Tennessee William’s most poetic and perhaps least known work, Camino Real, has been creating a lot of buzz–both good and bad–from audiences at Chicago’s Goodman Theatre. The show, directed by the controversial Barcelona-based director Calixto Bieito in collaboration with Marc Rosich, opened over the weekend, sparking debate on social media and in print.
Some people have walked out in the middle of the one-hour-and-forty-five-minute, no-intermission production, saying it is the worst piece of trash ever. Others are calling it magical, riveting, lavish, mind-bending and extraordinary.
How can so many people watching the same show see it so differently? First, it depends on why you go to the theater. Do you go to be entertained, challenged, shocked, to escape reality, to laugh, to cry, to learn–or because your spouse drags you? If your answer is yes to any or all of the first seven, Camino Real may be for you.
Camino Real, which originally opened on Broadway in 1953–pre-dating the experimental theatre of the 1960s–was not a initially a success–however eventually the poetic-repetition non-literary styled play won over many critics and theater-goers alike.
The current production, crafted by Bieito along with an internationally acclaimed creative team, including longtime artistic partners Catalan playwright and co-adapter Marc Rosich and German set designer Rebecca Ringst, as well as Chicago-based costume designer Ana Kuzmanic, lighting designer James F. Ingalls, sound designer Richard Woodbury and music director Andra Velis Simon plus an outstanding ensemble cast of thirteen offers a unique perspective.
Yes, this production is shocking, there is blood, violence, bondage and sodomy…and yes it is controversial–but isn’t that what theater should be…it should make us think.
The play’s iconic/ironic humor, playful conceits, and towering concerns about society’s demand for conformity make it a classic–not as a play, but as a long poem. Deconstructing the poetry of the play one finds many memorable lines: “Make voyages. Attempt them. There’s nothing else.” said by Byron; “Why does disappointment make people unkind to each other”, muses Jacques; or when Marguerite voices, “We have to distrust each other. It is our only defense against betrayal”, and the prophetic line “The spring of humanity has gone dry”.
The best way to view the show is to just let it happen, to be swept up by the poetry, the illusion, the dream, and not to judge. There is a lot packed into this production from Lord Byron to Casanova, representing all facets of mankind–just as there is in life. If you focus, only on the parts, you may miss the whole. If you focus on the whole you will be transported to “Camino Real”… the end of the road.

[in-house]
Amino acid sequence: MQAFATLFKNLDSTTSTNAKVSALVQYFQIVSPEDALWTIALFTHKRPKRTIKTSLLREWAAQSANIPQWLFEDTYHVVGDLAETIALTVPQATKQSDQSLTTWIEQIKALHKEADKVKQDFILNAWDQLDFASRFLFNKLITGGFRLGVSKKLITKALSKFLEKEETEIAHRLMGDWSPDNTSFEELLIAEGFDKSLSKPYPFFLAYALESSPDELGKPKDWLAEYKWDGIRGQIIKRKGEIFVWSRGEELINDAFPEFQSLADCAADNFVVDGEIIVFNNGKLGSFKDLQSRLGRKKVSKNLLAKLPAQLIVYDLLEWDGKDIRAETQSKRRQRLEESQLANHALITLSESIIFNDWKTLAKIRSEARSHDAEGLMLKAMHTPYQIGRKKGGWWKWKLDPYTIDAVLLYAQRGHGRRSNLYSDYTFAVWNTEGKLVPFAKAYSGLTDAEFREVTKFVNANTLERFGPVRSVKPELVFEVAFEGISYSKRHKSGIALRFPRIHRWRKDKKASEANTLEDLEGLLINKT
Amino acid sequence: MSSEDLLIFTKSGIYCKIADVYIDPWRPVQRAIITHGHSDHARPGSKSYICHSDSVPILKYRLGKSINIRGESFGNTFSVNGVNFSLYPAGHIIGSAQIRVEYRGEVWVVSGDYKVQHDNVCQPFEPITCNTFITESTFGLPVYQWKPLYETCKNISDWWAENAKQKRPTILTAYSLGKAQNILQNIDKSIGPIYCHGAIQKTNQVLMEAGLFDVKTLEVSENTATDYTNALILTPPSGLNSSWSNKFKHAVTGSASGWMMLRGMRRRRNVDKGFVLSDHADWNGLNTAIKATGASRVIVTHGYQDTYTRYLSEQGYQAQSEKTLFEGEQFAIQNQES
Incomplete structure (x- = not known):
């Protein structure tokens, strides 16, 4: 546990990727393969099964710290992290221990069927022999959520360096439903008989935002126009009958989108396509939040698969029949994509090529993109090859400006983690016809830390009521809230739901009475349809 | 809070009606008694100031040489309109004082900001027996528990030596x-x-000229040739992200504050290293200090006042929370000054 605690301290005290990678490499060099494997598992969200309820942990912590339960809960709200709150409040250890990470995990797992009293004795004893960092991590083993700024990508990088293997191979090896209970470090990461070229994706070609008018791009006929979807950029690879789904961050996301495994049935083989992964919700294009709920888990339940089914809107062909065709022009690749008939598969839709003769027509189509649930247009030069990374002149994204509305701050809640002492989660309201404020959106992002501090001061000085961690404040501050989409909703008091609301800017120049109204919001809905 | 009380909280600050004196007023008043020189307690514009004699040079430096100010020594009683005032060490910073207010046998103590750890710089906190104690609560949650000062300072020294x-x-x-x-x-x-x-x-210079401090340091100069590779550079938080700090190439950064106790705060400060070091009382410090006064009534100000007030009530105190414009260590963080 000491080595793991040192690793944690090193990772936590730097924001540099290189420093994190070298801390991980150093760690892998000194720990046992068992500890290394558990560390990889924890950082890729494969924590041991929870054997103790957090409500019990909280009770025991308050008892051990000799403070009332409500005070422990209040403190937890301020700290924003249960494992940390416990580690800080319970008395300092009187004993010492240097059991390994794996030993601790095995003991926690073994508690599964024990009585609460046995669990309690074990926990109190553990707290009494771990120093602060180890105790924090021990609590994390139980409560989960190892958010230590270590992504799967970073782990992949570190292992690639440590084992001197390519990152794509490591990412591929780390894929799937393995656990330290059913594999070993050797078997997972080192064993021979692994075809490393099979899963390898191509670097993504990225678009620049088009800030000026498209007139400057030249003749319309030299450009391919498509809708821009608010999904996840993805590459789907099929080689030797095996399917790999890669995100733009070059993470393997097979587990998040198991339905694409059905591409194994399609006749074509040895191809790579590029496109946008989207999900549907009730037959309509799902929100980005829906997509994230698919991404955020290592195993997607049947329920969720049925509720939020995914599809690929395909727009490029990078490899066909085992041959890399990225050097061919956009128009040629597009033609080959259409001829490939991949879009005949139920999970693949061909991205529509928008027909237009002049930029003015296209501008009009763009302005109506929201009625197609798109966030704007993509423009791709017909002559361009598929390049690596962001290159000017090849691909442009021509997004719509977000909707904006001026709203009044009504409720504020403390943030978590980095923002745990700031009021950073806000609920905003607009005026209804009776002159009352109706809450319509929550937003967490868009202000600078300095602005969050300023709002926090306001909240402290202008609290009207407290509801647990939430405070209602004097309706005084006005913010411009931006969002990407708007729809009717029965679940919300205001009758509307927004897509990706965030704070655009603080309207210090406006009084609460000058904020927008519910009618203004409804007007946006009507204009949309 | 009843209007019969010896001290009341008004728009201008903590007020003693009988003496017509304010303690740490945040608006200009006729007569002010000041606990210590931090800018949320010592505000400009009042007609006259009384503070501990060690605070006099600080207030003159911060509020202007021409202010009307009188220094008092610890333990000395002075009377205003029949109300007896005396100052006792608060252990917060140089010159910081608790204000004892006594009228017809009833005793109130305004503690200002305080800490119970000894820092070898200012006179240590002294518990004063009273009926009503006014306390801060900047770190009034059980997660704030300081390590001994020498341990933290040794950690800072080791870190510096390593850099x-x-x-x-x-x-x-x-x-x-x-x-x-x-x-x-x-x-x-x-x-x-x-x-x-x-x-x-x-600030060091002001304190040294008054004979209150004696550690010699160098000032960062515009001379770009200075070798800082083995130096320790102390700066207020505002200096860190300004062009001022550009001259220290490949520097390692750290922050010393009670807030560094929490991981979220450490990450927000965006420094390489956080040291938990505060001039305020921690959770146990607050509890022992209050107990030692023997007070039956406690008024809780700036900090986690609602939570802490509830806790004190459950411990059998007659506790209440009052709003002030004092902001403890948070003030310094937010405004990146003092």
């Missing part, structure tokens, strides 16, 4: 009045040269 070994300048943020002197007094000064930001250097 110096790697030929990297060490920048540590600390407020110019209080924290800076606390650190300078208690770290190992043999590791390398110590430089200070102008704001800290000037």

Gathered at the end of this road is a motley crew of iconic characters hanging out in Camino Real-–waiting to either die or escape. Some you may recognize, others you may not. Michael Medeiros, as the booze-infested, pill-popping Tennessee Williams (The Dreamer) character, presents a powerful portrayal of the author while spitting and vomiting all over the stage between proliferating his brilliant poetic observations; then there’s Casanova (David Darlow) who turns up as the over-the-hill lover with aplomb as he makes his moves on the aging seductress, Marguerite Gautier, in a wonderful recreation by Marilyn Dodds Frank; the flamboyant, bombastic, romantic poet, Lord Byron (played with perfection by Mark Montgomery) arrives raving against the man who cut the heart out of the corpse of his fellow poet, Shelley; Carolyn Ann Hoerdemann brings alive the Gypsy; André De Shields is a crowd favorite with his masterful portrayal of Baron de Charlus especially when he takes center stage at the Fiesta; and Travis A. Knight is hot as the smoldering male prostitute, Hoerdemann. Into this hopeless mix comes an American, named Kilroy (Antwayn Hopper), who personifies the outsider who doesn’t accept the “rules”– that it is “the end”–and tries to escape the inevitable.
The rest of the ensemble including Barbara E. Robertson as Rosita; Jacqueline Williams as La Madrecita De Los Perdidos; Monica Lopez as Esmeralda; Jonno Roberts as Lobo; and Matt DeCaro’s as Gutman were top-notch.
“Camino Real” is unusual and will not be for everyone. In my opinion, it could be Williams most brilliant work but keep in mind that it is very different from his other more well known works including: Cat on a Hot Tin Roof; Streecar Named Desire; The Rose Tattoo and The Glass Menagerie.
Tickets ($25 – $79; subject to change) can be purchased at GoodmanTheatre.org by phone at 312.443.3800 or at the box office (170 North Dearborn). Through April 8, 2012.
You may want to go for a Spanish-themed experience some Tapas and a little Cava. Some suggestions: If you’re coming from the South Side you may want to stop by Camino Real, 4235 W 63rd St., (773) 735-7837–Disclaimer, I have not visited the restaurant but could not resist the name. Closer to the theater are: Cafe Iberico, 737 N. LaSalle, 312 5731510 and Emillo’s Tapas, 215 E. Ohio, 312 467-7177.